​Field photo taken in New Guinea, Madang Province in 1967

TM:  Would you say there is a difference in the way women approach the tribal art business? If so, what challenges did you have to overcome to rise to the top, in a field dominated generally by men? 

For a partner I have a very charming six foot one male with a great photographic memory, who is intensely scholarly and speaks six languages.  He is also very funny and a great story teller which I cannot do to save my life.  Our arguments are legendary but somehow we have managed to stay on very good terms for thirty eight years and more importantly I think we respect each other’s judgment of what the other person is seeing even when we are communicating over thousands of miles. On the other hand I definitely prefer more Classical material while he can get very excited about things that are really encrusted with layers of “something”. I am not sure what he would say I bring to the equation but somehow it works.

Being a woman in this field, well there are myriad stories to support my experience by every woman I know, but perhaps an interview with Sandra Bullock sums it up best.  When congratulated on the fact that her recent movie was the highest grossing female star vehicle in the history of motion pictures she responded “It’s nice, but it’s odd. It’s like, you’re female and you’ve done this!”


Field photo taken in New Guinea, Madang Province in 1967

​ TM:  Considerable energy must be required to obtain the finest objects, as well as to manage and maintain two staffed galleries in London and Paris.  Has dividing your attention and time impacted your life?  Would you share some of your methods that allow you to so successfully cope with this much business & personal responsibility?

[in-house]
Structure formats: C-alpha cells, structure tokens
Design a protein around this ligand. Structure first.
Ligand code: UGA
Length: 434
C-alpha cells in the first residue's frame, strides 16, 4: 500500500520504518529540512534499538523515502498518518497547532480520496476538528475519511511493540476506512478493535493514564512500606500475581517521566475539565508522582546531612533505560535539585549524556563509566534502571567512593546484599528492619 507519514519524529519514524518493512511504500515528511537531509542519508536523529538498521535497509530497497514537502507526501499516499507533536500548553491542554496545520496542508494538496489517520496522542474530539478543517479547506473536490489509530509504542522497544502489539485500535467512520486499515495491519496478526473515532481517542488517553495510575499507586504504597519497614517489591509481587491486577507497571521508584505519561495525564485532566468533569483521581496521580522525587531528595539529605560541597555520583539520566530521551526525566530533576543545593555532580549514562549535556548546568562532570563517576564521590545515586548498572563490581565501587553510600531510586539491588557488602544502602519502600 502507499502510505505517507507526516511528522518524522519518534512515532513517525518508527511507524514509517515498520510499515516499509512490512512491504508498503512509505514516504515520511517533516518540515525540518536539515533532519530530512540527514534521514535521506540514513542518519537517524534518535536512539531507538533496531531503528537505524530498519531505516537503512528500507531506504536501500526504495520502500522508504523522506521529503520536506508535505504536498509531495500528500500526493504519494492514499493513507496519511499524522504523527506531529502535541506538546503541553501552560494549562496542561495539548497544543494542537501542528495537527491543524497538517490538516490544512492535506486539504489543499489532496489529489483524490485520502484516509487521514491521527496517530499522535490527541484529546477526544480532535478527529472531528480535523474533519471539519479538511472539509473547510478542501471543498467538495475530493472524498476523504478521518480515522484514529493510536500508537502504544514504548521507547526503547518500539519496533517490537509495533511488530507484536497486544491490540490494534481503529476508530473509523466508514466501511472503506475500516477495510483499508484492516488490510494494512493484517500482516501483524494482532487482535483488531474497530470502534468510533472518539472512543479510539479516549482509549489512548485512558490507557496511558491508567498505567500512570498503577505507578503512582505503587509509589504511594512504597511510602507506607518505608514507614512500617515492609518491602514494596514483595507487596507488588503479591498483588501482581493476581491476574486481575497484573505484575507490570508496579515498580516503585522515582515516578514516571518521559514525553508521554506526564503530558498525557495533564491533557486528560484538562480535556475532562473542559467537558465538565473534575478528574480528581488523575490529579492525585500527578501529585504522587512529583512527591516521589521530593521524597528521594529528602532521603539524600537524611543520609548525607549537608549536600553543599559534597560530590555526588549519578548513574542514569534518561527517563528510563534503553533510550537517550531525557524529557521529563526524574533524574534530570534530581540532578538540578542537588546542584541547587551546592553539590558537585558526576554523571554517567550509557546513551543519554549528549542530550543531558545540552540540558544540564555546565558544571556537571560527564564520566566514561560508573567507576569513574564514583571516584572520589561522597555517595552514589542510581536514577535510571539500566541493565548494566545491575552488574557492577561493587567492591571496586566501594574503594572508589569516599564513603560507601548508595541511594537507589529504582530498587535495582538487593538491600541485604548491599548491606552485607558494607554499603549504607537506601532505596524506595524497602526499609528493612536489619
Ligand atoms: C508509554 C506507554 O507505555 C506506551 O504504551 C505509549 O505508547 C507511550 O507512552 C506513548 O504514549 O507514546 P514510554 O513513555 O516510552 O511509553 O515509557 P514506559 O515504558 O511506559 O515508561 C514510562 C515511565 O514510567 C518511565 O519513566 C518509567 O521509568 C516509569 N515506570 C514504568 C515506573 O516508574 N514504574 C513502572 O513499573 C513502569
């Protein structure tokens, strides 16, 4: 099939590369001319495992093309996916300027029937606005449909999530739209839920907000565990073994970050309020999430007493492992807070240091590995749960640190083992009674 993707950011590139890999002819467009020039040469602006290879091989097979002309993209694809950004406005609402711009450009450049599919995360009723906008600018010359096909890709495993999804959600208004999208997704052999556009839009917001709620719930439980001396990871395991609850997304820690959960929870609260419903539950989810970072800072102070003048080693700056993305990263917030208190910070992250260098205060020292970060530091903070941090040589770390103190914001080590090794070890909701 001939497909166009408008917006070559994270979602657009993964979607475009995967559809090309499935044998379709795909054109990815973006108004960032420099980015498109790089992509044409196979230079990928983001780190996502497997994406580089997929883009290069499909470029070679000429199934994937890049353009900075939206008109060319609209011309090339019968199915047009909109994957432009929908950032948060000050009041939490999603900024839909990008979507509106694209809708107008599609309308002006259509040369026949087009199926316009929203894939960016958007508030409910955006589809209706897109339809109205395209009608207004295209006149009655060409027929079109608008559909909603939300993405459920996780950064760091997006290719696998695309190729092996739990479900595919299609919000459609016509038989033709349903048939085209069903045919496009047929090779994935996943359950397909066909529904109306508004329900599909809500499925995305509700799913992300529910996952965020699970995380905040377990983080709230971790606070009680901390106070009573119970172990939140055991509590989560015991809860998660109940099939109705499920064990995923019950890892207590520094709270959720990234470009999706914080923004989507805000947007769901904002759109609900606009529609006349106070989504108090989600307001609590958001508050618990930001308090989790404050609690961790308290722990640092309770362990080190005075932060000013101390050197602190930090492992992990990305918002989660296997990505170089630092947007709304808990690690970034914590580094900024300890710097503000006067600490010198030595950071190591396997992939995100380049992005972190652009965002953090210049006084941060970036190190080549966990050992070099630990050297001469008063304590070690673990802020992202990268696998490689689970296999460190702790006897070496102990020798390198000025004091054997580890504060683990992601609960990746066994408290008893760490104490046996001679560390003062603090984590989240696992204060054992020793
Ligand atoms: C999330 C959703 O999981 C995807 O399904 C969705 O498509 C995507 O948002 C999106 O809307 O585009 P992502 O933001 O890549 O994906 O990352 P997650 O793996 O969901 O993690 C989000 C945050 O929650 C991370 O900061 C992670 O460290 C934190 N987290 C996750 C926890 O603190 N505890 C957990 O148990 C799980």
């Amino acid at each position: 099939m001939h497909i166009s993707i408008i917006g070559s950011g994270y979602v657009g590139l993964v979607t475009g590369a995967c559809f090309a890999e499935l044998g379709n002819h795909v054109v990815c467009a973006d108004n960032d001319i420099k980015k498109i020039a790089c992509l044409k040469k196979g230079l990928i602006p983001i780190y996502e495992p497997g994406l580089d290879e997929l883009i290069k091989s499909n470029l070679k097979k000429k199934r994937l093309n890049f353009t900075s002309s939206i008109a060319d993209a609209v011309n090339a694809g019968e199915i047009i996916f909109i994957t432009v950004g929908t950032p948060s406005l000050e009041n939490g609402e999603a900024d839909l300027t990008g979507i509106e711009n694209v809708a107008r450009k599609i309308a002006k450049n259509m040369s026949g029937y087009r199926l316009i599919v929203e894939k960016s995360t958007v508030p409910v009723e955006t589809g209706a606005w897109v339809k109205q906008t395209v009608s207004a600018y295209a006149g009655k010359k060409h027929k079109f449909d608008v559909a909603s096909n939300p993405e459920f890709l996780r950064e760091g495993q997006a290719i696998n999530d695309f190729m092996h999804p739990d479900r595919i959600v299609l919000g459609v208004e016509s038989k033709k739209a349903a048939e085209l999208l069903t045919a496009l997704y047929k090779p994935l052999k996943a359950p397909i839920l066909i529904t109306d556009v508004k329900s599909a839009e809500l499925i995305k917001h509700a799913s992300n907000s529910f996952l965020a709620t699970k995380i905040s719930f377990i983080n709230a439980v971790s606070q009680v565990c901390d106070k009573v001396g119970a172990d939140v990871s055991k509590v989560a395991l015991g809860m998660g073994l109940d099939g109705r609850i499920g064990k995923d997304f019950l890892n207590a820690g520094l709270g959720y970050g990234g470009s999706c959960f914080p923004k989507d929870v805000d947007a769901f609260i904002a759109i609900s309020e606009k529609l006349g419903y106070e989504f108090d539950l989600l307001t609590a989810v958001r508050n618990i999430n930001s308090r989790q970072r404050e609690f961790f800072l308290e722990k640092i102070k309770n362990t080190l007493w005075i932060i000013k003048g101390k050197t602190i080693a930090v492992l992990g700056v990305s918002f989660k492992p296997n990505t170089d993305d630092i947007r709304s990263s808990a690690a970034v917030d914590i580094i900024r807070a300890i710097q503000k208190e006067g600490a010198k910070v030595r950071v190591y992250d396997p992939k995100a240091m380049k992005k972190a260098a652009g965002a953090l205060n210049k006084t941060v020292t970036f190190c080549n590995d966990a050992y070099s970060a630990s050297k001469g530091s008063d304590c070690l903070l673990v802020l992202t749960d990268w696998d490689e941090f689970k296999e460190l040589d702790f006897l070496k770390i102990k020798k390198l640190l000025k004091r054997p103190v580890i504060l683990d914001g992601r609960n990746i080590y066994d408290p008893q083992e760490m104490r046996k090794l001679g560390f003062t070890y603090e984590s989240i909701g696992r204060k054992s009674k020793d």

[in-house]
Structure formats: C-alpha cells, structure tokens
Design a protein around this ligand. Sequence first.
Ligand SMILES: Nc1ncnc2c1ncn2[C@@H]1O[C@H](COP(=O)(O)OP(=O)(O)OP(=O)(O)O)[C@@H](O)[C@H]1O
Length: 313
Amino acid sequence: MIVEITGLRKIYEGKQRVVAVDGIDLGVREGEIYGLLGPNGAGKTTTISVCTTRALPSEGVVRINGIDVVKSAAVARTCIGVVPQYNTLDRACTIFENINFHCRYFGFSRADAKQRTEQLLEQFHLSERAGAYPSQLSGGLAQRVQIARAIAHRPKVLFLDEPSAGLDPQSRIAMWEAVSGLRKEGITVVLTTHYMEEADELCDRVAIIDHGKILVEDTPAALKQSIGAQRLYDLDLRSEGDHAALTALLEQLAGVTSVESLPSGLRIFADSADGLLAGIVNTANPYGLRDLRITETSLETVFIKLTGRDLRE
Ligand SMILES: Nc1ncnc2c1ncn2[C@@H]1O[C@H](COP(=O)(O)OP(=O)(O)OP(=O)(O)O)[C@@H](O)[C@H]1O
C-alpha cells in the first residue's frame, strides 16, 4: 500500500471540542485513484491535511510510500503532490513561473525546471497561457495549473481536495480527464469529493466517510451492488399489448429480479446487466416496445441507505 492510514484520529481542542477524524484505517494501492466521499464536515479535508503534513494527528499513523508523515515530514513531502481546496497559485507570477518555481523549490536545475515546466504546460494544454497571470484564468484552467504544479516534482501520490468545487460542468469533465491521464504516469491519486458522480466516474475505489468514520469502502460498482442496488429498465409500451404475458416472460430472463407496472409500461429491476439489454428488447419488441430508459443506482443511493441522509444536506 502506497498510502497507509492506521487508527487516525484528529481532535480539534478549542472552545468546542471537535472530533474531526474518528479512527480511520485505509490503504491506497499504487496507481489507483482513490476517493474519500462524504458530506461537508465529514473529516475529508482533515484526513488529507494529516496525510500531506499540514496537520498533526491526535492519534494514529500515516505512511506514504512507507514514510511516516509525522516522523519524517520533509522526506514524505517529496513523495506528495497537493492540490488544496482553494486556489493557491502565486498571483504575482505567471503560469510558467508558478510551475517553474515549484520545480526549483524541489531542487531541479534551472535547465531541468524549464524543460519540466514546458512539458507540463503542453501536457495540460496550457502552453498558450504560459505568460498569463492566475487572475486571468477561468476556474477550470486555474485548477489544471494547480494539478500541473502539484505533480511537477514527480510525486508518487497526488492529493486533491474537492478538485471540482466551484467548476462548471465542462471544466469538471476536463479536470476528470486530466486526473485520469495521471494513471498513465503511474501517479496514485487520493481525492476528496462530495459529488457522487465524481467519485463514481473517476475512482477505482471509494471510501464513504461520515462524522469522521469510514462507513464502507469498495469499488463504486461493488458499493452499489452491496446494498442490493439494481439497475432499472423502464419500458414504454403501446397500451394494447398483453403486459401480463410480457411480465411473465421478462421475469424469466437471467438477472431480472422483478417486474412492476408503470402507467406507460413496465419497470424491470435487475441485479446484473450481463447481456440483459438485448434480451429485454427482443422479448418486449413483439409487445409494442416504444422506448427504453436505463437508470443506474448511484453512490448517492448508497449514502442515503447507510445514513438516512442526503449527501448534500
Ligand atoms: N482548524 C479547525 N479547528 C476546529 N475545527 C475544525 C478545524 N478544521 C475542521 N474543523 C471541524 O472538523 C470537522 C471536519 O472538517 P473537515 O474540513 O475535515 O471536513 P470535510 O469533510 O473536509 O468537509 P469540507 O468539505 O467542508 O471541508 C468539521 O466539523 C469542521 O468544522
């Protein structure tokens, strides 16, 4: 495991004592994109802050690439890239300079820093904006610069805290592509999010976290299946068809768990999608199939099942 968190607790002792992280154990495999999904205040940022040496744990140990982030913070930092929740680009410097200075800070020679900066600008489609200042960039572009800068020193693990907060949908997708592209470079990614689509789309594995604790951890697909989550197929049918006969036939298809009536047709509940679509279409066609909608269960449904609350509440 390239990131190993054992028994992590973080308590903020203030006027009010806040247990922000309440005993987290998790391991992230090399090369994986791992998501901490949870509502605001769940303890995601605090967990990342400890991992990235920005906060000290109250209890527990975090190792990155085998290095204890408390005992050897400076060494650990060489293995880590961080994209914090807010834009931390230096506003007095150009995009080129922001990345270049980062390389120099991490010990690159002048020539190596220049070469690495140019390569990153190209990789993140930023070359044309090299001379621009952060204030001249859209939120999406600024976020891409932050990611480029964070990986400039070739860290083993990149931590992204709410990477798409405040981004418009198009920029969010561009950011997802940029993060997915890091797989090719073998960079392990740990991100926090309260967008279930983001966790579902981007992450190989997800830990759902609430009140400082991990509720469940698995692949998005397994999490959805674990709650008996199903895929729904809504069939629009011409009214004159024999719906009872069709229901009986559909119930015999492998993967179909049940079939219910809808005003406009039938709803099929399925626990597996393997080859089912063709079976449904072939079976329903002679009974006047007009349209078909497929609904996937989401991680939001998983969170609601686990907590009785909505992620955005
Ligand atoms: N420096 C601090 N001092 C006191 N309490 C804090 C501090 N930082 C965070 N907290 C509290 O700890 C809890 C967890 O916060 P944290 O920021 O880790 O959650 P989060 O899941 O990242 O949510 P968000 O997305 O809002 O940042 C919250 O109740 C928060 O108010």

Lance and I both love the material so admitting we are workaholics doesn’t really answer the question but we do work very hard. On the whole either because of temperament or particular skills I would say that Lance is in the Paris gallery more than I am, a.  because he is absolutely fluent in French and I am not.  I love travelling and meeting new people and seeing new things.  When we started the business we would see marvelous pieces turning up in England all the time.  When we were first married we took my parents on a short holiday in Scotland. My mother’s proviso was that we were not allowed to go into any antique shops.  On the last day we were going to stop for a Cream Tea and Lance went off to park the car.  He came back a few minutes later to say that he had found a Benin figure – to make a long story short in the end we sold it to the Metropolitan Museum of Art where the standing Lower Niger Warrior is on view.  On another occasion I was sick and Lance went to view Phillips and came back and announced that the European Mediaeval Hunting horn which was coming up for sale was actually an Afro Portuguese Oliphant. This turned out to be the Drummond Castle Oliphant, published as a drawing in a Nineteenth Century book. The hunting horn had been given by the King of Portugal to his daughter Katherine of Braganza, on the occasion of her marriage. It is a magical object and is today in the Australian National Gallery. Those wonderful discoveries happen very rarely in England today so we have to look further afield.  Last year I would say that I was on the road six months of the year.


New Jersey 1968, interior home w/ field collected objects

TM:  Despite these odds you have been incredibly successful, any advice for women considering entering the field, or those already in it? 

Don’t look to the right or the left, just be confident, know who you are, don’t take rubbish from anyone, be well prepared and trust your own instincts.

TM:  What is your overall view of the tribal market in view of the current world economy, and what direction do you see the business developing in the next 5 years to 10 years?